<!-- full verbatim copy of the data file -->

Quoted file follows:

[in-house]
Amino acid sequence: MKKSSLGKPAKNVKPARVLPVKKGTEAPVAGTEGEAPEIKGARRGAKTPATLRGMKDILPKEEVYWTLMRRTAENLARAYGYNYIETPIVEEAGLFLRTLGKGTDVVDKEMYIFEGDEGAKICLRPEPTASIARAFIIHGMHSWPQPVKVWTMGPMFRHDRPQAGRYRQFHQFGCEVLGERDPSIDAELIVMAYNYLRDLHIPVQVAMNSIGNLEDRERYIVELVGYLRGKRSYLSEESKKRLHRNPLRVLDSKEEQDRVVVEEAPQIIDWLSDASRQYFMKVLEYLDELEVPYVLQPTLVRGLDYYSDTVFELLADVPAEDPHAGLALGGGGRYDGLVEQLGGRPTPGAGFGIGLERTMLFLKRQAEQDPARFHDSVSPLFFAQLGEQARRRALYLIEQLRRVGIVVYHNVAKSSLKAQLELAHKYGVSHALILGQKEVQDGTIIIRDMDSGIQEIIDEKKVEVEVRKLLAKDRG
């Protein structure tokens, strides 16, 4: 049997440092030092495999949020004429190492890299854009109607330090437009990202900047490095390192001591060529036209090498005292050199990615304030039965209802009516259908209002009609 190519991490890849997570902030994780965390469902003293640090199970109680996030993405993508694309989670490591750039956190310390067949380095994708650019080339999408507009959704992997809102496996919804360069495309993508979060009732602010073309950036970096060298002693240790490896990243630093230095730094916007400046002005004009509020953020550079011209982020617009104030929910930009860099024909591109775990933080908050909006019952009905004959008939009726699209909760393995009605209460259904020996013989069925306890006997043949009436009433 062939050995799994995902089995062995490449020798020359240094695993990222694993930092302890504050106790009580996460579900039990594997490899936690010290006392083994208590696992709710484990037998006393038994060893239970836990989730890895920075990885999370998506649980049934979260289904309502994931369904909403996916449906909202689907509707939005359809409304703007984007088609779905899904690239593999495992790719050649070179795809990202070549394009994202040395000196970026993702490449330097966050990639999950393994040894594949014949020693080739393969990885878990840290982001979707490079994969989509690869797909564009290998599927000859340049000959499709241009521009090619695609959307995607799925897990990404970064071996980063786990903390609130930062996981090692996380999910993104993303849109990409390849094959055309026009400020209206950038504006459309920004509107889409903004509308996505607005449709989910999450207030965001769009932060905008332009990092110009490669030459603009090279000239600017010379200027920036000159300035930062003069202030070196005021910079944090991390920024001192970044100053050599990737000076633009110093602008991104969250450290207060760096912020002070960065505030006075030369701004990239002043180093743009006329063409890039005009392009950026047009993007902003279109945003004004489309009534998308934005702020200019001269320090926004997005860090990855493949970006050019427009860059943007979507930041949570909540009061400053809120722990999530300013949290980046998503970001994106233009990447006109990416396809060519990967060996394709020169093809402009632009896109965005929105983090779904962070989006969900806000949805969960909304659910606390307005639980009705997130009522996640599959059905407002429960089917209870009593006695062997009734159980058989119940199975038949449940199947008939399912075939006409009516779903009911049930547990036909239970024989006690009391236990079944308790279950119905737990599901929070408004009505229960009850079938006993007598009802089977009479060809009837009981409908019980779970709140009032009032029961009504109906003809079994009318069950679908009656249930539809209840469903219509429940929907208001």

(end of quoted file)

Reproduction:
[in-house]
Amino acid sequence: MKKSSLGKPAKNVKPARVLPVKKGTEAPVAGTEGEAPEIKGARRGAKTPATLRGMKDILPKEEVYWTLMRRTAENLARAYGYNYIETPIVEEAGLFLRTLGKGTDVVDKEMYIFEGDEGAKICLRPEPTASIARAFIIHGMHSWPQPVKVWTMGPMFRHDRPQAGRYRQFHQFGCEVLGERDPSIDAELIVMAYNYLRDLHIPVQVAMNSIGNLEDRERYIVELVGYLRGKRSYLSEESKKRLHRNPLRVLDSKEEQDRVVVEEAPQIIDWLSDASRQYFMKVLEYLDELEVPYVLQPTLVRGLDYYSDTVFELLADVPAEDPHAGLALGGGGRYDGLVEQLGGRPTPGAGFGIGLERTMLFLKRQAEQDPARFHDSVSPLFFAQLGEQARRRALYLIEQLRRVGIVVYHNVAKSSLKAQLELAHKYGVSHALILGQKEVQDGTIIIRDMDSGIQEIIDEKKVEVEVRKLLAKDRG
């Protein structure tokens, strides 16, 4: 049997440092030092495999949020004429190492890299854009109607330090437009990202900047490095390192001591060529036209090498005292050199990615304030039965209802009516259908209002009609 190519991490890849997570902030994780965390469902003293640090199970109680996030993405993508694309989670490591750039956190310390067949380095994708650019080339999408507009959704992997809102496996919804360069495309993508979060009732602010073309950036970096060298002693240790490896990243630093230095730094916007400046002005004009509020953020550079011209982020617009104030929910930009860099024909591109775990933080908050909006019952009905004959008939009726699209909760393995009605209460259904020996013989069925306890006997043949009436009433 062939050995799994995902089995062995490449020798020359240094695993990222694993930092302890504050106790009580996460579900039990594997490899936690010290006392083994208590696992709710484990037998006393038994060893239970836990989730890895920075990885999370998506649980049934979260289904309502994931369904909403996916449906909202689907509707939005359809409304703007984007088609779905899904690239593999495992790719050649070179795809990202070549394009994202040395000196970026993702490449330097966050990639999950393994040894594949014949020693080739393969990885878990840290982001979707490079994969989509690869797909564009290998599927000859340049000959499709241009521009090619695609959307995607799925897990990404970064071996980063786990903390609130930062996981090692996380999910993104993303849109990409390849094959055309026009400020209206950038504006459309920004509107889409903004509308996505607005449709989910999450207030965001769009932060905008332009990092110009490669030459603009090279000239600017010379200027920036000159300035930062003069202030070196005021910079944090991390920024001192970044100053050599990737000076633009110093602008991104969250450290207060760096912020002070960065505030006075030369701004990239002043180093743009006329063409890039005009392009950026047009993007902003279109945003004004489309009534998308934005702020200019001269320090926004997005860090990855493949970006050019427009860059943007979507930041949570909540009061400053809120722990999530300013949290980046998503970001994106233009990447006109990416396809060519990967060996394709020169093809402009632009896109965005929105983090779904962070989006969900806000949805969960909304659910606390307005639980009705997130009522996640599959059905407002429960089917209870009593006695062997009734159980058989119940199975038949449940199947008939399912075939006409009516779903009911049930547990036909239970024989006690009391236990079944308790279950119905737990599901929070408004009505229960009850079938006993007598009802089977009479060809009837009981409908019980779970709140009032009032029961009504109906003809079994009318069950679908009656249930539809209840469903219509429940929907208001």